Star Wars also provided a model for how the studios could distinguish movies from television. Ever since television took off, the history of cinema is basically the history of how the studios tried to distinguish their products from television shows, how they tried to offer something that television couldn't. In the '50s and '60s, the solution was to have wider screens, longer movies, more lavish production values. That dried up in the late '60s, and the studios turned instead to loading up their movies with stuff that TV couldn't do: gritty realism, realistic violence, shocking language, nudity. By the mid-'70s, that wasn't working so well; television couldn't do nudity or swearing (HBO would come along a few years later to fill that void), but TV dramas were getting grittier and tougher, and it was increasingly hard to tell a Universal movie from a Universal TV show, given that they were shot on the same streets by the same technicians and had the same kind of dialogue and stories. Star Wars, with its English studio technology and its special effects designed to delight rather than horrify, provided the answer of how to make movies different from television: make them better-looking, glossier, and with better special effects than TV shows. Critics bemoan the movies' post-1977 dependence on special effects, and sometimes even I bemoan it, but the reason for it is obvious: to compete with television, movies have to be able to show things that TV cannot. Wondrous and fantastical special effects are just about the only thing left in that department. And Star Wars clued the studios in to the fact that they could make their movies more successful not by making them grittier, but by going in the opposite direction and making them look better. This, I think, set off something of a technical revolution in Hollywood; studio technicians and technology in Hollywood soon shot far ahead of where they had been in the '60s and '70s.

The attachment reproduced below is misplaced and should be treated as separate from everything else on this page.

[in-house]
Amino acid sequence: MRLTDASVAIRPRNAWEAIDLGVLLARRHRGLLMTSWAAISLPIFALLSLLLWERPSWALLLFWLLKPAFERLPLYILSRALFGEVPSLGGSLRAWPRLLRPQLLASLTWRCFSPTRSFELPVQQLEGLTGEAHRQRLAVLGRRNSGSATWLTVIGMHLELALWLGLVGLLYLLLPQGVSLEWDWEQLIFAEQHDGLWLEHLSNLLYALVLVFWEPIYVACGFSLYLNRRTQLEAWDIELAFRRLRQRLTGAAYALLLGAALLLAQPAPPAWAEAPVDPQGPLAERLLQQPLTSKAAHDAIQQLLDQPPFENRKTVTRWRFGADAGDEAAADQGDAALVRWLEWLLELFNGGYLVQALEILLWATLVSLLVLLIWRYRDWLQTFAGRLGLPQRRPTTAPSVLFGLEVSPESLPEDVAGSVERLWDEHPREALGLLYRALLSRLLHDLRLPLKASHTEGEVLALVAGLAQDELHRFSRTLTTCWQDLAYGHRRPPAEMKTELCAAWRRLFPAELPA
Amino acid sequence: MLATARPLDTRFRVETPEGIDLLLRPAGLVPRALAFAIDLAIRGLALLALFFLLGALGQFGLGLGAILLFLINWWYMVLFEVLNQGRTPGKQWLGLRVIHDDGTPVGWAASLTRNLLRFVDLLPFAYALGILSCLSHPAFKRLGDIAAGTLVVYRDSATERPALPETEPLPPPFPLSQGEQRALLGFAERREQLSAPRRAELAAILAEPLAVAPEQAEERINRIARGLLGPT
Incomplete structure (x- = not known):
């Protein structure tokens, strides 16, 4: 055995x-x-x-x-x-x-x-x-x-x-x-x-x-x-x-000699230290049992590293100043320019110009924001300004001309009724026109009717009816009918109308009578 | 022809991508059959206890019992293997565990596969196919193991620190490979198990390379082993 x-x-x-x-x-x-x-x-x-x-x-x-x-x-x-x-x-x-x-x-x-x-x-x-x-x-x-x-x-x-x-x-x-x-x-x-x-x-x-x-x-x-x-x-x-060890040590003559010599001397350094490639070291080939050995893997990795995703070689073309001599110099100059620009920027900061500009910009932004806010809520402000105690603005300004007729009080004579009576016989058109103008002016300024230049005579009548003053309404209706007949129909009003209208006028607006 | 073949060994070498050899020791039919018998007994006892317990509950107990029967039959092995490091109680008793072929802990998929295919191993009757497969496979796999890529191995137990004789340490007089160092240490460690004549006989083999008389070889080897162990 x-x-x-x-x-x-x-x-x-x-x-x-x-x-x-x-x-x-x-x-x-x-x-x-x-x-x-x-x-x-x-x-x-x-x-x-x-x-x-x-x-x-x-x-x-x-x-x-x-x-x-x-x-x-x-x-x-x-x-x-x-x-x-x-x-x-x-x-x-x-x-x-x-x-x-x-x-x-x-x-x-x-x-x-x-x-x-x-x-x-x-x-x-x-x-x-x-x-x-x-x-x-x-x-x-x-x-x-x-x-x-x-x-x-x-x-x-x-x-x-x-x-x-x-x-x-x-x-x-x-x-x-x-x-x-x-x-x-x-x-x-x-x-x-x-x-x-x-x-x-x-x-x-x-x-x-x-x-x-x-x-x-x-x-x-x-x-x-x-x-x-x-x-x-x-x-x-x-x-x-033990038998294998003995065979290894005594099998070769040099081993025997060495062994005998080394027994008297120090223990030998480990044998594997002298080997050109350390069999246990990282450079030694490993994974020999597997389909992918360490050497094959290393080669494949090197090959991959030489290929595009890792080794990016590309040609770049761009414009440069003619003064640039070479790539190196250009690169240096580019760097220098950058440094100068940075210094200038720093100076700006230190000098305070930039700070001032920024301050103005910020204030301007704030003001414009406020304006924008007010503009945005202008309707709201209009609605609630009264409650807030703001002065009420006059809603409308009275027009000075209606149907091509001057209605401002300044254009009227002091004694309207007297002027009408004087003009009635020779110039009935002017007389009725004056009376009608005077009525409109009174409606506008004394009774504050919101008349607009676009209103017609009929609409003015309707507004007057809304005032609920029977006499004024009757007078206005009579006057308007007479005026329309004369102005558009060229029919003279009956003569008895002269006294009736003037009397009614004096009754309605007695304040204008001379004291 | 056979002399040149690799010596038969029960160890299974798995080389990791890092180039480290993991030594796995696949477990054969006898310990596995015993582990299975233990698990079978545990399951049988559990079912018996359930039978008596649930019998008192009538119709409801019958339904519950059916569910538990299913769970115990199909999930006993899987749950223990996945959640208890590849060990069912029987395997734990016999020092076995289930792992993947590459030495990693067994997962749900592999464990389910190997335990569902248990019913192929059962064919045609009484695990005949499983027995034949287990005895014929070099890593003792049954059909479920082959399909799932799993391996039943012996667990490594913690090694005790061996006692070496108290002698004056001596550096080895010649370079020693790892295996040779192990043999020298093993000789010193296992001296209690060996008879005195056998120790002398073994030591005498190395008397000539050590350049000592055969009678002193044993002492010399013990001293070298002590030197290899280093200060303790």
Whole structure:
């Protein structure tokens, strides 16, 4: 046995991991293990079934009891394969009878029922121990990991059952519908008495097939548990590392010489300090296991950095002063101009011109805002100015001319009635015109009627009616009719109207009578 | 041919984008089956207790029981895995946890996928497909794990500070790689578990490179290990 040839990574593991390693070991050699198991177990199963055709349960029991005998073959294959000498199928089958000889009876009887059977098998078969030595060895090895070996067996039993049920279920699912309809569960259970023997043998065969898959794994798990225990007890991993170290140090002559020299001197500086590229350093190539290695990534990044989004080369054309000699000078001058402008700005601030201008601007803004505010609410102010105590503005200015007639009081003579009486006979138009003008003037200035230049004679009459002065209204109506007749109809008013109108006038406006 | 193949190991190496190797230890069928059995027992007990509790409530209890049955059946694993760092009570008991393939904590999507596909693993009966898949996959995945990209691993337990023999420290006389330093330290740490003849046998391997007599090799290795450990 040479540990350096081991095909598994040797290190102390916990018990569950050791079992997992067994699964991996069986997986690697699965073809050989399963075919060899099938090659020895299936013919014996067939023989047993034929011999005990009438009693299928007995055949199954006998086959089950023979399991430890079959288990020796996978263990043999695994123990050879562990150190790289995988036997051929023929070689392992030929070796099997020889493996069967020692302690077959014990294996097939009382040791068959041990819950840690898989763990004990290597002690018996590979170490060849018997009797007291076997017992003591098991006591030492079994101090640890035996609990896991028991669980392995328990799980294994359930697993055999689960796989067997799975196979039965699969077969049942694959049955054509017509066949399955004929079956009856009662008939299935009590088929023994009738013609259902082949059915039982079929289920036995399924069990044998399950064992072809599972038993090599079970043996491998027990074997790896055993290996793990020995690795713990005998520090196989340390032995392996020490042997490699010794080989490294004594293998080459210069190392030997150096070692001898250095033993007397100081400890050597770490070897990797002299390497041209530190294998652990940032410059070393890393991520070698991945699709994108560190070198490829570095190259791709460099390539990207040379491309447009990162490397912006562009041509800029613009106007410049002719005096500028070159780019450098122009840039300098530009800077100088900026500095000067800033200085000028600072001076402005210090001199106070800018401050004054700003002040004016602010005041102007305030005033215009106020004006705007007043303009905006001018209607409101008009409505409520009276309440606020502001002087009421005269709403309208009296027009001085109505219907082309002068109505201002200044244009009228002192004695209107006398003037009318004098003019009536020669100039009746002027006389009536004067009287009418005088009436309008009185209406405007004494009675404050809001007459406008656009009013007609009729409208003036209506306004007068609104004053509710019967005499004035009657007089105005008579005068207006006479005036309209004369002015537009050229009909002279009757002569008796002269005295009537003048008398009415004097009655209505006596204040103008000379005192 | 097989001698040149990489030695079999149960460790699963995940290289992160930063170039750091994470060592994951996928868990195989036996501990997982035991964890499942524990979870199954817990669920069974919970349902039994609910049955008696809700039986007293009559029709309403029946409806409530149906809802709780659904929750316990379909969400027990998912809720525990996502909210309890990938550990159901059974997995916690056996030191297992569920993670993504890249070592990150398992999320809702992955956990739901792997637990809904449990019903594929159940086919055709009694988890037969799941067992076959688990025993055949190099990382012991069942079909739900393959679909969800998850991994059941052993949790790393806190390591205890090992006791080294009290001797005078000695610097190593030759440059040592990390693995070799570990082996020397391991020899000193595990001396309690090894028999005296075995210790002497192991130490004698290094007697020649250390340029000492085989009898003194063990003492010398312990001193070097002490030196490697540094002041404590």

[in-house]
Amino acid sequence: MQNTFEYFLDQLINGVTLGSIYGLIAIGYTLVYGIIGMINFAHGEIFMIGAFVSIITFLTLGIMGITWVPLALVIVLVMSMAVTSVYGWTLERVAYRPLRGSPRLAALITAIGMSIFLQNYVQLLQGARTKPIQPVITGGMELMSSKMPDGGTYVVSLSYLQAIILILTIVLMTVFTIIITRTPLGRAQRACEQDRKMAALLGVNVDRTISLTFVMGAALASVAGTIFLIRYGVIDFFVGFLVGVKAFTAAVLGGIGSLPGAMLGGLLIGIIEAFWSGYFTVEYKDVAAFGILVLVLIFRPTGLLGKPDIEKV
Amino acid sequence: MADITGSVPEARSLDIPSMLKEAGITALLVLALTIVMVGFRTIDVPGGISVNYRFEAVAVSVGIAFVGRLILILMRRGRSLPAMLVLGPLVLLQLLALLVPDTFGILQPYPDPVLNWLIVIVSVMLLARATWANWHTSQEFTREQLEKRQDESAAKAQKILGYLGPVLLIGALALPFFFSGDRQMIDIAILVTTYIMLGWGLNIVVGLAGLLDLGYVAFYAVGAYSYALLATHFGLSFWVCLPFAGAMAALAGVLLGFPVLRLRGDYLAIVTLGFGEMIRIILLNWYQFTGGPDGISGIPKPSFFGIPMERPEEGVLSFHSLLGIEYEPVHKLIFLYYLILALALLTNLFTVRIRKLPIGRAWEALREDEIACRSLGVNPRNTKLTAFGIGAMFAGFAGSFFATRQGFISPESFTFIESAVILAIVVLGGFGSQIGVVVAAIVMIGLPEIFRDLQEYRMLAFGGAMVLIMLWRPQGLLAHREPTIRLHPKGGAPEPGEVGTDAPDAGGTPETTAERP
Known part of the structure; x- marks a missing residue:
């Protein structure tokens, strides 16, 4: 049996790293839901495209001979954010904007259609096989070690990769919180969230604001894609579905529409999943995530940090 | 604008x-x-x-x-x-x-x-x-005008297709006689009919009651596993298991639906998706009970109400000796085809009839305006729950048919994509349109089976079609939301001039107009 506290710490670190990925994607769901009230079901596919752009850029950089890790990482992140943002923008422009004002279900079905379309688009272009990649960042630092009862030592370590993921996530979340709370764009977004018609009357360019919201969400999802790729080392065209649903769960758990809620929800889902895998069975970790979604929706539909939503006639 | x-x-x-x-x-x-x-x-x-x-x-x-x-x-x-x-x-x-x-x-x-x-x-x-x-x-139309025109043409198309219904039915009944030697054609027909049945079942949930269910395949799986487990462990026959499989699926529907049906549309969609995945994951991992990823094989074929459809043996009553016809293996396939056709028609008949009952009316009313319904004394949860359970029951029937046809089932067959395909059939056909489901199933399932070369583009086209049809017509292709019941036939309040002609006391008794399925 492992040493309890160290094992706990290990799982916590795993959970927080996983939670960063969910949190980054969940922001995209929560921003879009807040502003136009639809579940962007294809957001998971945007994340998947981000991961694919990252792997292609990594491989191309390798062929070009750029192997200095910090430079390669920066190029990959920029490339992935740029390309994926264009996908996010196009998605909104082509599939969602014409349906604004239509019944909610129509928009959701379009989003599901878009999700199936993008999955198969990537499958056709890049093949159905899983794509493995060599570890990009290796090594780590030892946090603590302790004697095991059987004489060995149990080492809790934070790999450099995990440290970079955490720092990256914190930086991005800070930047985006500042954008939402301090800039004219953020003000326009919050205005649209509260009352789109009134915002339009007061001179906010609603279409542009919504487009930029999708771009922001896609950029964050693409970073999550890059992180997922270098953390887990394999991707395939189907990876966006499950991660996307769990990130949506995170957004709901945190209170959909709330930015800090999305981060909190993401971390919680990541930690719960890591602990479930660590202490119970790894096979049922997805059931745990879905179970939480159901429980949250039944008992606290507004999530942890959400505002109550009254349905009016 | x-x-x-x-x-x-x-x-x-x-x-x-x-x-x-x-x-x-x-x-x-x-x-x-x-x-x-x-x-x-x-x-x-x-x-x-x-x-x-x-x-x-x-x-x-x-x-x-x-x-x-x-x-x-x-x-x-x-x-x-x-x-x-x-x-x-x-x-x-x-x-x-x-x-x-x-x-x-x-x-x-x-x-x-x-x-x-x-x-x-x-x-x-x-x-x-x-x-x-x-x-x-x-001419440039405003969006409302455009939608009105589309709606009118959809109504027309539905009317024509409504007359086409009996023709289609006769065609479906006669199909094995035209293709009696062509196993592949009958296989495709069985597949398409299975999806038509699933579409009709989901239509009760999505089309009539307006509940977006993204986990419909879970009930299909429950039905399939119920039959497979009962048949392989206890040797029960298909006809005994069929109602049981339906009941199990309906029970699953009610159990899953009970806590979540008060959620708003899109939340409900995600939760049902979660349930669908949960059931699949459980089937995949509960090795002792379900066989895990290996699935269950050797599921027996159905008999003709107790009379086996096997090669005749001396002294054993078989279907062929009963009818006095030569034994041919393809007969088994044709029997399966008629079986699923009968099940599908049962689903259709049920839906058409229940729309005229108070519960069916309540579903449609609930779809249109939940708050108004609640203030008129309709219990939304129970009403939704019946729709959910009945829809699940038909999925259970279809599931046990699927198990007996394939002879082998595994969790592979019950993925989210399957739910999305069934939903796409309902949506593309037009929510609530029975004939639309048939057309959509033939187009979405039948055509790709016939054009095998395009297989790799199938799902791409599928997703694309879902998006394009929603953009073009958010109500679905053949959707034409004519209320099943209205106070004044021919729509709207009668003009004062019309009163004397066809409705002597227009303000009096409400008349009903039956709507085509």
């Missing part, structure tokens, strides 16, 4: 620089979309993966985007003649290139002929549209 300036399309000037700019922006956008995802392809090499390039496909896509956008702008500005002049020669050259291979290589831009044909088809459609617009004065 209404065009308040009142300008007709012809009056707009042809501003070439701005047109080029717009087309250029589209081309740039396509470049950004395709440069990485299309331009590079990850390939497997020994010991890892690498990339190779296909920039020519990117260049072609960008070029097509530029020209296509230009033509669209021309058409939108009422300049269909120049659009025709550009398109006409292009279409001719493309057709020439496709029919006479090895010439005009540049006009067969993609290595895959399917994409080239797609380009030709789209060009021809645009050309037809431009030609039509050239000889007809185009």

One more thing to note about Star Wars is that even if you consider the '70s a golden age of cinema, it's hard to argue that Star Wars ended it. 1977 was a pretty bad year for movies (and 1975, the year of Jaws, was perhaps even worse). I'm not a big fan of Star Wars -- I think the Indiana Jones movies, especially the first two, are Lucas's best creations -- and yet I would argue that it should have won the Best Picture Academy Award for that year; the winner, Annie Hall, is even more superficial than Star Wars (I'd rather hear about how the Force will be with me than about how it's tough for Woody Allen to sustain a relationship), and the other three nominees were pretty dismal: The Goodbye Girl (a two-hour Neil Simonism), The Turning Point (a ballet bitchfest), and Julia (Lillian Hellman whitewashes her past and Jane Fonda puts it all up there onscreen). It's not saying much, but Star Wars is the cream of that crop. (You can also make an Oscar argument for two movies that weren't nominated, Close Encounters of the Third Kind and 3 Women. I'd still pick Star Wars, I think, having no great love for Spielberg in his "New Age religion" mode or Robert Altman trying to mimic a movie, Persona, that I thought was overrated in the first place.) Star Wars didn't burst into a cinema golden age; it burst into an age of slick, bland, New York-centred entertainments that represented the Hollywood studios' idea of sophistication. Whatever risks were being taken in the late '60s and early '70s, it was pretty much over by 1975, a victim of the self-destruction of some New American Cinema filmmakers, and of the simple fact that a lot of the "classic" movies of that era weren't very big with the public. The studios had, in essence, given young filmmakers a lot of freedom because they, the executives, had no idea what the public wanted. When the young filmmakers proved that most of them had no idea either, they started to fade away; all Star Wars did was allow the executives finally to figure out what the public did want. Honestly, though, I'd say that the post-Star Wars blockbusters are far more watchable than most of the big hits of the '70s. I'd rather sit through Raiders of the Lost Ark or Die Hard than through Earthquake or The Poseidon Adventure or Smokey and the Bandit, which was released on the same day as Star Wars. Maybe there's a Reagan analogy there, too: you can say the Reagan years were bad, but does that mean you have to be nostalgic for Nixon or Carter?